4. Is all data collection unethical?
The Great Hack does a great job of convincing its audience that online data collection is one of the Internet age’s greatest evils—but is all data collection done to deceive the public and undermine democratic processes?
Much has been done in recent years to address data privacy. For example, GDPR has rewritten data privacy rules in Europe and the rest of the world to protect individual rights. Companies that don’t comply with GDPR regulations can now face major fines that scale based on a company’s revenue. In the United States, the California Consumer Privacy act, which aims to give consumers control over their data, comes into effect on January 1, 2020. These regulations have a huge impact on whether incidents like Cambridge Analytica happen in the future.
To compete in the global market, data companies, such as Echosec, have extensive acceptable use policies to comply with GDPR, Canadian and international law, the Universal Declaration of Human Rights, and acceptable use policies from data providers. Compliance and ethics are at the forefront of Echosec’s mission and product design.
Beyond digital advertising, data collection also has many uses in the public’s best interest. One of Echosec’s value propositions is to aggregate public social media data related to safety threats. For example, access to social media data in the event of an active shooter or extreme weather situation gives public safety officials important intel more quickly than news outlets.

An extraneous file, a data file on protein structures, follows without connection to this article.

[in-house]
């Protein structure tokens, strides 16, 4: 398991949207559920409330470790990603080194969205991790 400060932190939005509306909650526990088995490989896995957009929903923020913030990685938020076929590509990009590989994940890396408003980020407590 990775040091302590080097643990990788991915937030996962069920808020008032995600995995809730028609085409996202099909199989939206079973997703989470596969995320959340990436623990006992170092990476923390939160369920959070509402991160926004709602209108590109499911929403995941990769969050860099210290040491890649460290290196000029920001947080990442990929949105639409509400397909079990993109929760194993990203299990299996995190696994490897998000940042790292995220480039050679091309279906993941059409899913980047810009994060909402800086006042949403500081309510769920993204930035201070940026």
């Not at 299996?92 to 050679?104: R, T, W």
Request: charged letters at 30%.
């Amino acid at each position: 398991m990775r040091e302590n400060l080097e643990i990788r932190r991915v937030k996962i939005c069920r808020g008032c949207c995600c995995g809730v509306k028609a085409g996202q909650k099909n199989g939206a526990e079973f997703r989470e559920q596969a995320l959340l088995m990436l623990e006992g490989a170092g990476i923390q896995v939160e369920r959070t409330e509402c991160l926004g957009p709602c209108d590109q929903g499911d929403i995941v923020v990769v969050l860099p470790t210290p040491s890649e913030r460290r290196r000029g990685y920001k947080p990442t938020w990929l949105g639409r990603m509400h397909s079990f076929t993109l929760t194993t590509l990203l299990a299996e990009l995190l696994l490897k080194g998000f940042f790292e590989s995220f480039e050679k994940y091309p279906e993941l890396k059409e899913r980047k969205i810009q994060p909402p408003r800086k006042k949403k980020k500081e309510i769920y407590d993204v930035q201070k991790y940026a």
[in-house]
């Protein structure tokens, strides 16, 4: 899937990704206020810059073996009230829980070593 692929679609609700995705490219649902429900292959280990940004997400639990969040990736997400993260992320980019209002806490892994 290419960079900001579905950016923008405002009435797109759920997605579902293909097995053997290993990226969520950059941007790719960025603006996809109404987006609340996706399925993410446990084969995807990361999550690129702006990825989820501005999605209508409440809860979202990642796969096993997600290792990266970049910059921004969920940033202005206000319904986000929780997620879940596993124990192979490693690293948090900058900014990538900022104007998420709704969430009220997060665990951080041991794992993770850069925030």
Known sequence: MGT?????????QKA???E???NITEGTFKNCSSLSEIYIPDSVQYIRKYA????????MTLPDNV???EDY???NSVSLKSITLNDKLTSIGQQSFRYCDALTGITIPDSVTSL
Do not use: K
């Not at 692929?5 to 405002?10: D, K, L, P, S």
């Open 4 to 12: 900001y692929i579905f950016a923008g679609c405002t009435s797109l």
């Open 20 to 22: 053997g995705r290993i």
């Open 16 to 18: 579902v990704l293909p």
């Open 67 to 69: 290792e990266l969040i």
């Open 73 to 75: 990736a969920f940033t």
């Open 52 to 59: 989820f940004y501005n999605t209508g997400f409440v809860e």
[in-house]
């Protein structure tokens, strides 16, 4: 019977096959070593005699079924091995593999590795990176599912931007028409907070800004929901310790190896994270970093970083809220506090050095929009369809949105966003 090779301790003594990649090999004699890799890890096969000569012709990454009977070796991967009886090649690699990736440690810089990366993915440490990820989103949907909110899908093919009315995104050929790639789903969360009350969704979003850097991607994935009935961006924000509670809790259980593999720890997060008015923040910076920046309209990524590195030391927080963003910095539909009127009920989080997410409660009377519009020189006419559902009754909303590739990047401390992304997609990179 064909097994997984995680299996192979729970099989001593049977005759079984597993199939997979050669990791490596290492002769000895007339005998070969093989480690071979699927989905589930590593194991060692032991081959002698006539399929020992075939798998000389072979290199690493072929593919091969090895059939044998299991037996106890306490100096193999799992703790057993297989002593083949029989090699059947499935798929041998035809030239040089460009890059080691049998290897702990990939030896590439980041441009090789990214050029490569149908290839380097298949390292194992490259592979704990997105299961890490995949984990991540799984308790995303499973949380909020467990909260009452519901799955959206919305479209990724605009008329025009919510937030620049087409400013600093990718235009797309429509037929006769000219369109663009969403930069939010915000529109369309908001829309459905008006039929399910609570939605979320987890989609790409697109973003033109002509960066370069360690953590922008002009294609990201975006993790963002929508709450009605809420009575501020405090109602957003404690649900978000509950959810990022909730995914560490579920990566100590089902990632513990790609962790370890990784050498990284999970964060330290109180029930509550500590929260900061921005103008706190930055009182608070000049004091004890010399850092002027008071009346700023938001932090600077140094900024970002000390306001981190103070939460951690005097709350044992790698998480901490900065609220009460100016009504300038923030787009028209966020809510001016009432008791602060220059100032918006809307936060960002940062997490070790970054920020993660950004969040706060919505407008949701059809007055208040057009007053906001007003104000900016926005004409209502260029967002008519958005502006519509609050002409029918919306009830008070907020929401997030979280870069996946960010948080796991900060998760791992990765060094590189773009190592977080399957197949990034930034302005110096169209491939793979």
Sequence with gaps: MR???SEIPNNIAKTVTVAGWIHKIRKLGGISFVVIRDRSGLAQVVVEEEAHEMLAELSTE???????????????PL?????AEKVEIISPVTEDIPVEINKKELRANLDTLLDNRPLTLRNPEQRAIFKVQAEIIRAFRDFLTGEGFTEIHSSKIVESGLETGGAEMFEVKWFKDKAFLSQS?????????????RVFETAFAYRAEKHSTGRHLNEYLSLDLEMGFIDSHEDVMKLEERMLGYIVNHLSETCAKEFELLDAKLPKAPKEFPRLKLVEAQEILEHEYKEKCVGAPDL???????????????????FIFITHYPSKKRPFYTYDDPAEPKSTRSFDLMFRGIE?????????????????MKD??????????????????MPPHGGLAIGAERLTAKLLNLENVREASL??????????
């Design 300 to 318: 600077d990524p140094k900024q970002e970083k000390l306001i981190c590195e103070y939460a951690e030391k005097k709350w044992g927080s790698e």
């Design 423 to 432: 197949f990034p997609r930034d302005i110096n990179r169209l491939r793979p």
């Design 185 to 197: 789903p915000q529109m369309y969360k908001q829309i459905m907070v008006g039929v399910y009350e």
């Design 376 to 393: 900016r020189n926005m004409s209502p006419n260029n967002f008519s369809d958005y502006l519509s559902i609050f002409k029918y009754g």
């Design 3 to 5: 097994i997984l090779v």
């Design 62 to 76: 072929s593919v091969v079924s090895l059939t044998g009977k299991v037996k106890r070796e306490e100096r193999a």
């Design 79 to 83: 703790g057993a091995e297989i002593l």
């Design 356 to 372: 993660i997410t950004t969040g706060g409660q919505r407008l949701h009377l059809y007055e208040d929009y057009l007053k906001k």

If “no one bothered to read the terms and conditions” on social media platforms before watching The Great Hack, they are probably more inclined to after watching—and that can hardly be a bad thing. However, beyond cautioning audiences with their social media use, there are other valuable data privacy discussions that this story doesn’t address.
Yes, data is monetized and used indiscriminately, but data analytics also has user benefits, and is used by many data companies in the public’s best interest. We owe psychographics and microtargeting more analysis and empirical study to understand their power before portraying them as the reason politicians like Donald Trump are elected. The public also needs to be informed, not only about other companies like Cambridge Analytica, but about how legislation is changing to protect individual data rights worldwide.